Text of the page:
Talking Fresh is an annual event hosted by the Saskatchewan Writers’ Guild. I try to make it to the event each year, though I can usually only be there for the Saturday discussion sessions. This year was no different; while I missed Friday night’s panel, I was able to take in the talks given by each of this year’s featured writers.
Today, I want to highlight some of what I learned at Talking Fresh 2018. I hope you enjoy it as much as I did.
What I learned
- Language is essential to the mode of how we survive.
- This could be as small as surviving boredom, or as large as surviving life.
- The imagination is boundless, but we have to be responsible with that power.
- In songwriting:
- Verses add context.
- The bridge introduces change. It presents a situation and provides or states an epiphany.
- The chorus is the hook. It acts as emphasis for the theme.
- Start with stream-of-conscious writing on a subject. Then go back and pull out the bits that speak to you.
- Be gentle with yourself when writing. If something doesn’t feel right, don’t push it.
- Read like a writer.
- Examine the works (even just the sentences) that strike you. Pull them apart.
- Our patterns are great, but it’s also great to break them.
- Try new things.
- Push against the form you like so that you can see what else is in you.
- If you’re stuck, try an exercise.
- Relate the subject to your senses (for example, “Grief is the sense of…”)
- Write a letter to your character or subject. Have them write a letter back.
- If your character or subject were an animal, what animal would they be? Write an encounter between you and the animal.
- A lot of the work of writing is submitting.
- If you want to write, you have to read. But you also have to listen to people.
- If you’re not writing something that matters to you, your reader will know and won’t engage with the piece.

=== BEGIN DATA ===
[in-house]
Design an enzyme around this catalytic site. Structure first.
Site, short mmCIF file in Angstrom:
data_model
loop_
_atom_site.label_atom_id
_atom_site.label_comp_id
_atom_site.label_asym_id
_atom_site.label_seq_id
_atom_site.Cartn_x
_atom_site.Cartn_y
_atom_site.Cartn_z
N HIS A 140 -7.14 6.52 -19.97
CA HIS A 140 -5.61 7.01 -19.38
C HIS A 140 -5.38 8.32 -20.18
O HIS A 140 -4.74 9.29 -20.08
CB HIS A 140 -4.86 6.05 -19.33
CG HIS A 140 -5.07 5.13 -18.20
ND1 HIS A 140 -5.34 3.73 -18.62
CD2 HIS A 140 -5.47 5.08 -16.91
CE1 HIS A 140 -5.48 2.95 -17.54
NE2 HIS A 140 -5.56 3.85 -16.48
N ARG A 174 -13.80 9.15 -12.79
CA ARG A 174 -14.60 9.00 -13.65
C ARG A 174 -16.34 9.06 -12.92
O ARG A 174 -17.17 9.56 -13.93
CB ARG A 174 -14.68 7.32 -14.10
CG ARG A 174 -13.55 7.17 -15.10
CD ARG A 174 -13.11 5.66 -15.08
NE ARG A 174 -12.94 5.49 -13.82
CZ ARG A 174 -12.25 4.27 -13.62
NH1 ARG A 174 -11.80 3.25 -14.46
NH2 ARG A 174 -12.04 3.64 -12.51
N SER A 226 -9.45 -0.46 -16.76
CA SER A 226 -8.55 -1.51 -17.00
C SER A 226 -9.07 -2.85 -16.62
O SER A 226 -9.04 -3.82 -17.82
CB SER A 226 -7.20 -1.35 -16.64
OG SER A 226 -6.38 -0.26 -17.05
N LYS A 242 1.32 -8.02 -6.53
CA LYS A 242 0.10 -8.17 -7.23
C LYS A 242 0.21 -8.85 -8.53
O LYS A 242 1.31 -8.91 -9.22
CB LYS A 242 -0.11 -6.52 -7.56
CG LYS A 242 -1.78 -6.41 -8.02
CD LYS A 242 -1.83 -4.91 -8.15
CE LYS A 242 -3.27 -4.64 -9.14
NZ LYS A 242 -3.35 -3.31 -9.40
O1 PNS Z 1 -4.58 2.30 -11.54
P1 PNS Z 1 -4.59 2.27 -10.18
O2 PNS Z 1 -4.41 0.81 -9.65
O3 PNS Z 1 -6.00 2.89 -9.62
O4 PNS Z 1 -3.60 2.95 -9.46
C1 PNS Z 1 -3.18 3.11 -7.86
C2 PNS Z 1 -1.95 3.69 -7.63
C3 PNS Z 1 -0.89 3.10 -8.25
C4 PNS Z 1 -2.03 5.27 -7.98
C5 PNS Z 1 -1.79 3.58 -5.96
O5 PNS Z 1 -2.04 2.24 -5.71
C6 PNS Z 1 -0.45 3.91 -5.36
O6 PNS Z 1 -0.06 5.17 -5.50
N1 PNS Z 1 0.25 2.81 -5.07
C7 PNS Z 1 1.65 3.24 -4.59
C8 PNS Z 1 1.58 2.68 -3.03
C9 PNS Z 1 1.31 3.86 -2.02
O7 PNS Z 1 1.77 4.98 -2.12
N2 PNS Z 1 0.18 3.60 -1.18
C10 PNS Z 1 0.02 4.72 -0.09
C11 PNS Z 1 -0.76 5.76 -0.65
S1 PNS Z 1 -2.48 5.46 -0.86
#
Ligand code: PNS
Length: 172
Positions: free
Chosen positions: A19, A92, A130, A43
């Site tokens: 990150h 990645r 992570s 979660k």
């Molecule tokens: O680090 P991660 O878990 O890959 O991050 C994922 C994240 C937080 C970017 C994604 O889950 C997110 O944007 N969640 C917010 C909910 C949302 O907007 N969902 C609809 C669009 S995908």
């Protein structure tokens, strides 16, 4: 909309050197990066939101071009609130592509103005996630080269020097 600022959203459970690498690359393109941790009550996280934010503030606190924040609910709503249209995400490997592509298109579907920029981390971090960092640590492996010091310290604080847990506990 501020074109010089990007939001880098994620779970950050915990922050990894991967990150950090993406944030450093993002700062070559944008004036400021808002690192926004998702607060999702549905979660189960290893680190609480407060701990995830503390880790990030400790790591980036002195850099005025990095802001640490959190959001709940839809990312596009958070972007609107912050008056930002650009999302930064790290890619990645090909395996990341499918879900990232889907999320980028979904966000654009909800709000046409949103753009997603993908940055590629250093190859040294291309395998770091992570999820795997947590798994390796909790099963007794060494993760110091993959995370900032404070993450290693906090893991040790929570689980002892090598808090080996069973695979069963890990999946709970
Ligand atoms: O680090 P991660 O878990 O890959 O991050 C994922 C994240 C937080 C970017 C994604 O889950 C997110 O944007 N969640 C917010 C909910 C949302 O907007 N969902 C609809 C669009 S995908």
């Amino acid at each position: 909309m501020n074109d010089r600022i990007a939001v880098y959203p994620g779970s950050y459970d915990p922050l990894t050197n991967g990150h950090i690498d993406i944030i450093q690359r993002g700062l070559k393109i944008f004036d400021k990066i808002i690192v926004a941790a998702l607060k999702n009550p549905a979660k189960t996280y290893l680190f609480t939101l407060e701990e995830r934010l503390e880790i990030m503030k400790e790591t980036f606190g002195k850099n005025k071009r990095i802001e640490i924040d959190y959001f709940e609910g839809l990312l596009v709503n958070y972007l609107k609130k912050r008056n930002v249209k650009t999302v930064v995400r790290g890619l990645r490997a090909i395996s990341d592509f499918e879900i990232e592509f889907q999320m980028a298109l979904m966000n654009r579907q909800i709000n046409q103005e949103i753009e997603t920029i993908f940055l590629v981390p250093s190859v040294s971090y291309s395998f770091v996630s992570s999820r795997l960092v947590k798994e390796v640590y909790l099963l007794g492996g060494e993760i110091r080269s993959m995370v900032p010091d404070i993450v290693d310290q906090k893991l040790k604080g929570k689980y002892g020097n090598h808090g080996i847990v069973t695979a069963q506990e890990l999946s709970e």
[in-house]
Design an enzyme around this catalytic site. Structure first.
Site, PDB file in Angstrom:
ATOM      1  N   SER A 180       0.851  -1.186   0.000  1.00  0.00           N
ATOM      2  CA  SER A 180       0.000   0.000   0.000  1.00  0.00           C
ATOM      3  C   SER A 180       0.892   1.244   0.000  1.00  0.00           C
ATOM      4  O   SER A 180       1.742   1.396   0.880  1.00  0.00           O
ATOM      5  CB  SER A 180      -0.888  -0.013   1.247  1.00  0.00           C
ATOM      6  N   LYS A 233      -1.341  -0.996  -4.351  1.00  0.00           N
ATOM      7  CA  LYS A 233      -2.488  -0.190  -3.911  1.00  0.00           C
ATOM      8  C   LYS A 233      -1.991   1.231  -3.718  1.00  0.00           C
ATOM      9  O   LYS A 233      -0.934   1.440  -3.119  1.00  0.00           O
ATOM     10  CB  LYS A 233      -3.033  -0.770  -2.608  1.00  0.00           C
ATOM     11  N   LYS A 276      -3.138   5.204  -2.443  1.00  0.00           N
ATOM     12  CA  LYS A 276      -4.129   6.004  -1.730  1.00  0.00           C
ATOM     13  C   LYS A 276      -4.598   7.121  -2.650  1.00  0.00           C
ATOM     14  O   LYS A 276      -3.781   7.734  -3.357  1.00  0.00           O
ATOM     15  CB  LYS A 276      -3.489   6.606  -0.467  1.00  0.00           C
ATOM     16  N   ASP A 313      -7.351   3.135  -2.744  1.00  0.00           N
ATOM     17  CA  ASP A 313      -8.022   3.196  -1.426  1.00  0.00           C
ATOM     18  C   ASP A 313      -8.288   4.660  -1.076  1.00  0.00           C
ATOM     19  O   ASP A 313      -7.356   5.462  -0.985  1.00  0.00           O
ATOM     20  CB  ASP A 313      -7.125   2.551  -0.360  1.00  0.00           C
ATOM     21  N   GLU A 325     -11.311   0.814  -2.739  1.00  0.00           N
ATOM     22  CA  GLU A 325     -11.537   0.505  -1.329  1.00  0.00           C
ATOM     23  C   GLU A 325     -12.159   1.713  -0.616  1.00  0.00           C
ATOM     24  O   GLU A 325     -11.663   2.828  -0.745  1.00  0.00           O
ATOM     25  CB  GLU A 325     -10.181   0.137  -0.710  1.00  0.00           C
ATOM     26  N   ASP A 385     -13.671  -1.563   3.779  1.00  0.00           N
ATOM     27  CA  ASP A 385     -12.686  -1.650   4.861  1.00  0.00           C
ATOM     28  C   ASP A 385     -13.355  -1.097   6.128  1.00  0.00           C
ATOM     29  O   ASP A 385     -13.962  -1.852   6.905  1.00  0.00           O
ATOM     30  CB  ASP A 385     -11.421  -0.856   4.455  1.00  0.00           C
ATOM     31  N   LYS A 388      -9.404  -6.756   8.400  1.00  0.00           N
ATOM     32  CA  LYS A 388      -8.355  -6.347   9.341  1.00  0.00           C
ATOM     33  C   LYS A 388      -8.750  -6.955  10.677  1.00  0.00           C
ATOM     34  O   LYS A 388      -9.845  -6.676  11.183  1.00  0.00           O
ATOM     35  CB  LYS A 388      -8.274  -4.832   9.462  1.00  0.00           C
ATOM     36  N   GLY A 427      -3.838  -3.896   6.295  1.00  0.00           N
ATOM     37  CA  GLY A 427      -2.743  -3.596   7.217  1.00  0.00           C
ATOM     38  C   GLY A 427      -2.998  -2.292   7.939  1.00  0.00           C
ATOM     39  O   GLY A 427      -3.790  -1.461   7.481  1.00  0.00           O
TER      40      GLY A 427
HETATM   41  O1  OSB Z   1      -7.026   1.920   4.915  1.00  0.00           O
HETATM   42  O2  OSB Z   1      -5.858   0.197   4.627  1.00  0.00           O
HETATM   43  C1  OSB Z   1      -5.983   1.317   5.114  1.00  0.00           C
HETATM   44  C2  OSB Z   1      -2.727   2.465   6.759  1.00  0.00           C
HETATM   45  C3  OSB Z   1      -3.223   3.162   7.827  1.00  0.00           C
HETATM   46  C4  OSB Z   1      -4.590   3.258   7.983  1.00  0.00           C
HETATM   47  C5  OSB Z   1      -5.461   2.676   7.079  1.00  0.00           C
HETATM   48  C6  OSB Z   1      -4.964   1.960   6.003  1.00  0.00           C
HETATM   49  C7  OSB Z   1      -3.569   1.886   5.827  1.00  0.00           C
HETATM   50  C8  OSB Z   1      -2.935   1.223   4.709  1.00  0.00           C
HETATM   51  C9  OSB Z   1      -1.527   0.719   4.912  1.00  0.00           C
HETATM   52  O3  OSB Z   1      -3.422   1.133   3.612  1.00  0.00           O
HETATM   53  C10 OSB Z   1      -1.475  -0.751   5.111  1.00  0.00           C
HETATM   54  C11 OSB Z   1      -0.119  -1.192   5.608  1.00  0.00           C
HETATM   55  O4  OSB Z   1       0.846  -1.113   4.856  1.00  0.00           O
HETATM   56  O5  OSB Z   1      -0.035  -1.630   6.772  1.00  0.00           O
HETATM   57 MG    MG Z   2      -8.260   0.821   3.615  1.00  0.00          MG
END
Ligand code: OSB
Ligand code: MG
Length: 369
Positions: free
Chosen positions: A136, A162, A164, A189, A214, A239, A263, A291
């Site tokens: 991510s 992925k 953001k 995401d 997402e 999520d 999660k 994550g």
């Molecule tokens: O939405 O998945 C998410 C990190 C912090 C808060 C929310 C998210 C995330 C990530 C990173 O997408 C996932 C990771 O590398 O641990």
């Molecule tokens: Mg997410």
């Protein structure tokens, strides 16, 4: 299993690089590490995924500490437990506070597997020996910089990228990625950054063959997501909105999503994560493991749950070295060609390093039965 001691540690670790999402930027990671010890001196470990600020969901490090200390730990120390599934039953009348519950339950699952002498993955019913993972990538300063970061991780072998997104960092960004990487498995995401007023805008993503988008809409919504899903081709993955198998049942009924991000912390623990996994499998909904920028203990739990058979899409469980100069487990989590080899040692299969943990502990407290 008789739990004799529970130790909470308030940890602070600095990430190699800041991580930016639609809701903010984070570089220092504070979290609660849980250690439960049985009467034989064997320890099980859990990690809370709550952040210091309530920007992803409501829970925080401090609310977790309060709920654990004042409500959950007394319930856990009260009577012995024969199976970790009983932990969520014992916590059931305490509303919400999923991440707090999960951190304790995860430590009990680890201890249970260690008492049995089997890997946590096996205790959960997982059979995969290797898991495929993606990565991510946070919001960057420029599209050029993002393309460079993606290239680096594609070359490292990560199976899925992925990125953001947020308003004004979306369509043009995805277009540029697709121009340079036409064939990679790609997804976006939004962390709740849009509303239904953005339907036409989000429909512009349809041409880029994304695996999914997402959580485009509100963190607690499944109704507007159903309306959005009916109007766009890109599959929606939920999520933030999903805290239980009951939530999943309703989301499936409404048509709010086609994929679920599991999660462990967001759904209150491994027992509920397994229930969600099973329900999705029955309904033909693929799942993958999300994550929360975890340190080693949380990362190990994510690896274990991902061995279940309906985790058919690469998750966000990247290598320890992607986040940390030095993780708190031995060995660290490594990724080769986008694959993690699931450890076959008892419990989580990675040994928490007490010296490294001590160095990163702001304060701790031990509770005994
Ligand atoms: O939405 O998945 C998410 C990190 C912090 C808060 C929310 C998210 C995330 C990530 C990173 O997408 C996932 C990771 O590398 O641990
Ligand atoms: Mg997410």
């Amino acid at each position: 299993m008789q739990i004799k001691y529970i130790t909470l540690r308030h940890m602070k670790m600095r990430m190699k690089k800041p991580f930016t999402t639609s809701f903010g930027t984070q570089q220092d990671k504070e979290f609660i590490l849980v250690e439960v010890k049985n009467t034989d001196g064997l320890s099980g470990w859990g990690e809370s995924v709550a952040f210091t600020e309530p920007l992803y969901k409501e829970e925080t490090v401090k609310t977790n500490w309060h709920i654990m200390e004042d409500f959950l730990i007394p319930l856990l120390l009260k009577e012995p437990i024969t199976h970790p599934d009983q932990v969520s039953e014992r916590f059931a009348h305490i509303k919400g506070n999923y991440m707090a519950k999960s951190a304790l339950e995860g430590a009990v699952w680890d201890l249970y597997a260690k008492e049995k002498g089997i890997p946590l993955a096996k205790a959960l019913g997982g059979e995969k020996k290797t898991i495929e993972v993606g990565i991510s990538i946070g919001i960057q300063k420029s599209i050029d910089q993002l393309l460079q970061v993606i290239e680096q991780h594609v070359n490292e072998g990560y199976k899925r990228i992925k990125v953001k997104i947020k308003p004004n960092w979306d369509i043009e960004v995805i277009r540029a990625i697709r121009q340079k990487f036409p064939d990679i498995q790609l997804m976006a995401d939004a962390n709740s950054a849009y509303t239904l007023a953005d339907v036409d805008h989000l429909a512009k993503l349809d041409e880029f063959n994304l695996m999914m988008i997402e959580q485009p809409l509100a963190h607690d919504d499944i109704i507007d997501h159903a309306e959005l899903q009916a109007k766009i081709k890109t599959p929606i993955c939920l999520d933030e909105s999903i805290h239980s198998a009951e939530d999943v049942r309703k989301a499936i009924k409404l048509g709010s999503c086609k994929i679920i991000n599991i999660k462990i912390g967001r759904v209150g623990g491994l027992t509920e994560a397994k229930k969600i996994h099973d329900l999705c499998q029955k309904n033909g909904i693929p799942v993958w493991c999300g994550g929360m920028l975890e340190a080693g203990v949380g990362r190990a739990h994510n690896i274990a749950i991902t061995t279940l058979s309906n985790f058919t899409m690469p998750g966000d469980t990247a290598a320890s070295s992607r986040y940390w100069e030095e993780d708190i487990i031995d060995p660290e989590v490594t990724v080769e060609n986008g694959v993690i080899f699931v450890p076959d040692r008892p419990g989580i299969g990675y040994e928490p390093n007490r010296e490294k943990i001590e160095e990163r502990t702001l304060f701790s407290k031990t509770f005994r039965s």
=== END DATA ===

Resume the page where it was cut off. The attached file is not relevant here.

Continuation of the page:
- Get tactile with your writing.
- Include the senses.
- Engross yourself in a moment as you write it, so that you feel it as you write it.
- Your job is to tell what’s normal and true and real to you. Make the subject that way for the world.
Catherine Graham is the author of six poetry collections and the debut novel Quarry. Her Red Hair Rises with the Wings of Insects was a finalist for the Raymond Souster Award and CAA Award for Poetry, and The Celery Forest was published this past fall. Winner of IFOA’s Powetry NOW, she teaches creative writing at the University of Toronto School of Continuing Studies where she won an Excellence in Teaching Award, and at Humber College’s Creative Book Publishing Program. Published internationally, she lives in Toronto.
Beau Dixon is a multi-award winning actor, playwright, composer, director, and producer. His writing credits include Once A Flame, From Here To Africville (Factory Theatre), Beneath Springhill: The Maurice Ruddick Story(Thousand Islands/Firebrand Theatre/Lunchbox Theatre/Theatre Collingwood), which received three DORA nominations and was awarded for best new play and best individual performance, two Calgary Critic’s nominations (winning for best solo performance), and a Betty Mitchell nomination. Dixon is also a KM Hunter Award Finalist. He has four solo albums and was recently inducted into Peterborough’s Pathway of Fame for his leadership in the arts.
Tracey Lindberg is a citizen of As’in’i’wa’chi Ni’yaw Nation, Rocky Mountain Cree, and hails from the Kelly Lake Cree Nation Community. She is an award-winning writer for her academic work and teaches Indigenous law at the University of Ottawa. Birdie was a finalist for the Kobo Emerging Writer Award, the 2016 edition of CBC’s Canada Reads, and was also long-listed for the 2017 Dublin International Literary Prize. She was a juror for the 2017 Rogers Trust Fiction Prize. Lindberg currently lives on Algonquin Territory.
Ins Choi was born in Korea, grew up in Scarborough, and now lives in Toronto with his wife and two children. As an actor, he has worked with such companies as Fu-GEN, Canadian Stage, and Stratford. His debut play, Kim’s Convenience, premiered at the 2011 Toronto Fringe Festival. It then launched Soulpepper Theatre Company’s 2012 season, toured across Canada, debuted in New york City last summer, and just finished season two as a CBC TV Show.
Canisia Lubrin is the author of VoodooHypothesis (Wolsak & Wynn, 2017) and Augur (2017). She is consulting editor at Wolsak & Wynn and poetry editor at Humber Literary Review. Lubrin also serves as an advisor to Open Book and teaches college english. In 2017-2018 she is Poet in Residence with Poetry in Voice.